Future of urban planning
27 March 2017
What does dating app Tinder have in common with urban planning? Today city planners are adopting a more inclusive approach to changing skylines, green areas and public spaces, by including the public in the process. Could this be what the future holds for developing cities?
An ongoing debate in the Swedish capital of Stockholm has been the remodelling of Slussen; an important central transport interchange for both cars and pedestrians, initially designed in the 1930s. With current plans revealing the true extent of the remodelling, which is scheduled to take place between 2016 and 2025, these landscape altering proposals have stirred up feelings among the public for the last few years.
Meanwhile, the Californian city of Santa Monica has decided to let the general public decide over new developments in the area. By adapting the model of the popular dating application Tinder, users of CitySwipe can swipe right or left to choose between two options. They can also agree or disagree with a potential building plan and give their opinion on numerous matters. Questions are formulated in a simple yes/no format, allowing people living in the area to offer their input on matters concerning their surroundings, from park benches to bike lanes - as well as new housing establishments.
Considering the debates regarding the Slussen project, perhaps this would have made it easier to reach all social strata of Stockholmers, and get input from a diverse range people from all of age groups.
“The idea of a Tinder-like app is interesting and could potentially attract more younger people to take part in planning for new developments,” says Eva Rosman, who is in charge of communications for the Slussen development.
“One of the challenges in planning for new developments in general is that it is difficult for (Stockholm) to reach all target groups with the traditional meetings and design exhibits. We are now looking at different options to keep an open dialogue around urban planning,” she continues.
Today, many are adopting digital solutions in order to make services easily accessible for users. Urban planning entering the digital era would mean a more active community where citizens could easily take part in shaping what their city should look like. This could potentially both increase public participation and lessen negative publicity as proposed developments commence.
With architectural planning in flux over the past few decades, Swedish architects White Arkitekter are also adapting to future ways of working.
“In my 25 years in practicing architecture, my daily work has transformed from being drawn by hand with pencil on paper – to building information models (BIM) and 3D printing. An architect’s core skill is to visualise unbuilt space and explain its features, and potential. Our tools have changed but our main work stays the same. However the interaction and engagement becomes much easier when you can put your goggles on and walk around in an unbuilt environment and add comments in the digital fi le as you go along,” White Arkitekter partner Linda Thiel tells The LINK.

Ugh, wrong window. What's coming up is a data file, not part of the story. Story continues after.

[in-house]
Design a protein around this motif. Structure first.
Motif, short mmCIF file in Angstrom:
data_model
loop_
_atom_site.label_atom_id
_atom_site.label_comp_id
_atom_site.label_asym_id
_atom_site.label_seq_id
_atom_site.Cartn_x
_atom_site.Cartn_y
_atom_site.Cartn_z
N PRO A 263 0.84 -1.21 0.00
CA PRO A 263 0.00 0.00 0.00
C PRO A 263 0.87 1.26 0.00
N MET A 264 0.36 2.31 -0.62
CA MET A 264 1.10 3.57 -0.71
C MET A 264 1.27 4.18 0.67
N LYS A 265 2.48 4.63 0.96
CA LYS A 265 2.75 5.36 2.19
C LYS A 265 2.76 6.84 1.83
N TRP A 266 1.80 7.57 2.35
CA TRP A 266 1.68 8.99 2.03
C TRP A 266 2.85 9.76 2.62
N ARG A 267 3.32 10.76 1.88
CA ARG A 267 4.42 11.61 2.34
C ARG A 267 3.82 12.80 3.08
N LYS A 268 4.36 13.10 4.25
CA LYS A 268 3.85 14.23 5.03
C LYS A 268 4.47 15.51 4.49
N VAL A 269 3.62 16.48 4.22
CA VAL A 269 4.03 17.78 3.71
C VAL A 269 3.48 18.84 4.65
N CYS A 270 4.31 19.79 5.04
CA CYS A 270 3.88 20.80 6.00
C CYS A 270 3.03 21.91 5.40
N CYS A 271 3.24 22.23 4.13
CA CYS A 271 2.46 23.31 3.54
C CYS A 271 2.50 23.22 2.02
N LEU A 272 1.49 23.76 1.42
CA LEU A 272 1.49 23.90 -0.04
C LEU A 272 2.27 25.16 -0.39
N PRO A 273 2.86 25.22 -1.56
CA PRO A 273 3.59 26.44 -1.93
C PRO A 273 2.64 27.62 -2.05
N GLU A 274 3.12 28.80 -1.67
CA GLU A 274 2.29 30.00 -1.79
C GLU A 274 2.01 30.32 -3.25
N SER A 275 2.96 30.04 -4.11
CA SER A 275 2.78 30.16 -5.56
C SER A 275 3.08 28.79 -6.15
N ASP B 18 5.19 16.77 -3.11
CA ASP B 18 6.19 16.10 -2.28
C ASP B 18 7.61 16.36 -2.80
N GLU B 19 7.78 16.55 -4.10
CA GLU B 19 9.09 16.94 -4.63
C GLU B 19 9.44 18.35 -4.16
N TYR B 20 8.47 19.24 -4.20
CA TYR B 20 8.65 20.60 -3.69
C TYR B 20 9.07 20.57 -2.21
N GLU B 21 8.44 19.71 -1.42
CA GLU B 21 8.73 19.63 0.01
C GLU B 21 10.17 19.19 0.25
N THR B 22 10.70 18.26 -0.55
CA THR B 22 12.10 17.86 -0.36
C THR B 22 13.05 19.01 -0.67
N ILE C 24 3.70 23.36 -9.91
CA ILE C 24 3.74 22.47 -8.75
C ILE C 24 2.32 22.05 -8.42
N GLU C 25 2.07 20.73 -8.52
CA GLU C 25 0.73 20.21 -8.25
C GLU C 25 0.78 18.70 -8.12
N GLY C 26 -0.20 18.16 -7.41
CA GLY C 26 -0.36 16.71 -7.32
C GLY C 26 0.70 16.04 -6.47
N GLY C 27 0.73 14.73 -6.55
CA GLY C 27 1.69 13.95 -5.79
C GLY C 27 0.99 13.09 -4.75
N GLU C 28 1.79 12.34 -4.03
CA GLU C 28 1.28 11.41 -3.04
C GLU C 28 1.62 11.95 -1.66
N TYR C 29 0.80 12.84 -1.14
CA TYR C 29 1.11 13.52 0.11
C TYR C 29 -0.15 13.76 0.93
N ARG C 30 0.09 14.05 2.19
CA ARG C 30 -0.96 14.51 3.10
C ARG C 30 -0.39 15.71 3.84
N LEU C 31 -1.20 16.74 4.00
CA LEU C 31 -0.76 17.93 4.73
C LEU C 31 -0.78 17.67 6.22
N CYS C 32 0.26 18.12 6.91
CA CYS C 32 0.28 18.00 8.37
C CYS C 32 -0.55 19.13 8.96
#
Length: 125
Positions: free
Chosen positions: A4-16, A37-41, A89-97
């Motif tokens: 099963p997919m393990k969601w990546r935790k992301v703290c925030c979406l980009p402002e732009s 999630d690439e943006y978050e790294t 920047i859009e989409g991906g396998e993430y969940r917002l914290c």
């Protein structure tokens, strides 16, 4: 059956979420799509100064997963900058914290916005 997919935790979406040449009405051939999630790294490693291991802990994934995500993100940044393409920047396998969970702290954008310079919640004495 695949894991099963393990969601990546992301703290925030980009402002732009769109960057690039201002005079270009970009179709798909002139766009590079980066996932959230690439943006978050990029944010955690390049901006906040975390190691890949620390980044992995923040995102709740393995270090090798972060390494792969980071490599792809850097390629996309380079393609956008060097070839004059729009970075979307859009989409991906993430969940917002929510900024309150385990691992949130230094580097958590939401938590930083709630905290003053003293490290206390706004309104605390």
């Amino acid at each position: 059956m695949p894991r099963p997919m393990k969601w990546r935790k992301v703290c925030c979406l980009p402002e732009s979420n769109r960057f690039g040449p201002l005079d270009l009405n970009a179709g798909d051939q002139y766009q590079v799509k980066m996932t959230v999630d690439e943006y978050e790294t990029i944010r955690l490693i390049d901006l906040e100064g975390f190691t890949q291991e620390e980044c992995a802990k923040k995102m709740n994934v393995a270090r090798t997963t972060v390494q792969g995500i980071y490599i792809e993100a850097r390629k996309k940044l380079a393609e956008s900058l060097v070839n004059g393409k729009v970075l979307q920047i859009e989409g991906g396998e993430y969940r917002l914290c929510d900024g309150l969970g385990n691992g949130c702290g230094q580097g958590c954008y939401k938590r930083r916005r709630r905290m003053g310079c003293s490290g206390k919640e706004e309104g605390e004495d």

Landscape altering plans are something that will spark a continuous debate as there is no simple way of catering to all public opinion. In order for the city to grow and become more accessible, it is inevitable that the city adapts and let certain modernisations take place.
“In regards to the Slussen interchange, we have had consultations with many participants and the exhibits have attracted a large number of visitors. A lot of input from the public has been included in this project,” Rosman tells The LINK.
With this new way of gathering insight to the public opinion, decisions are brought closer to the public and give the decisive bodies closer insight to the general neighbourhood needs and wishes. The prospect of involving the younger generations also comes to mind as the digital side of it appeals to them. This will hopefully lead to a greater diversity into opinions voiced.
“It is a possibility to reach out and get input from a generation that might not comment on planning applications the traditional way. So, this could give a wider input on how the residents and users would like to improve their place and space,” says Thiel.
A Tinder for cities could be a step on the way for the future of urban planning and development although critics would no doubt claim it’s set up to be a little onedimensional as questions go no further than than yes or no.
“Solutions like these could possibly be more inclusive – I would probably want to keep both systems and not to forget the importance to moderate comments. Perhaps also, if you like or dislike something, you should automatically get to answer a few ‘whys’ for us to get a better understanding of the input,” Thiel tells The LINK.
Regardless of you view on whether a simple yes and no answer would suffice, this way of gathering information shows that modernisation is taking place. Who would have ever thought a dating application could be combined with urban development?
Soon, we might be swiping yes or no more often and in more areas than one. It is clearly an easily applicable concept to more than who we would like to date. When people thought digitalising services was the way to stay on top of modernisation, CitySwipe shows the buzzword for this industry is instead ‘Tinder’ kicking up the level of transparency in this industry sector by a considerable amount.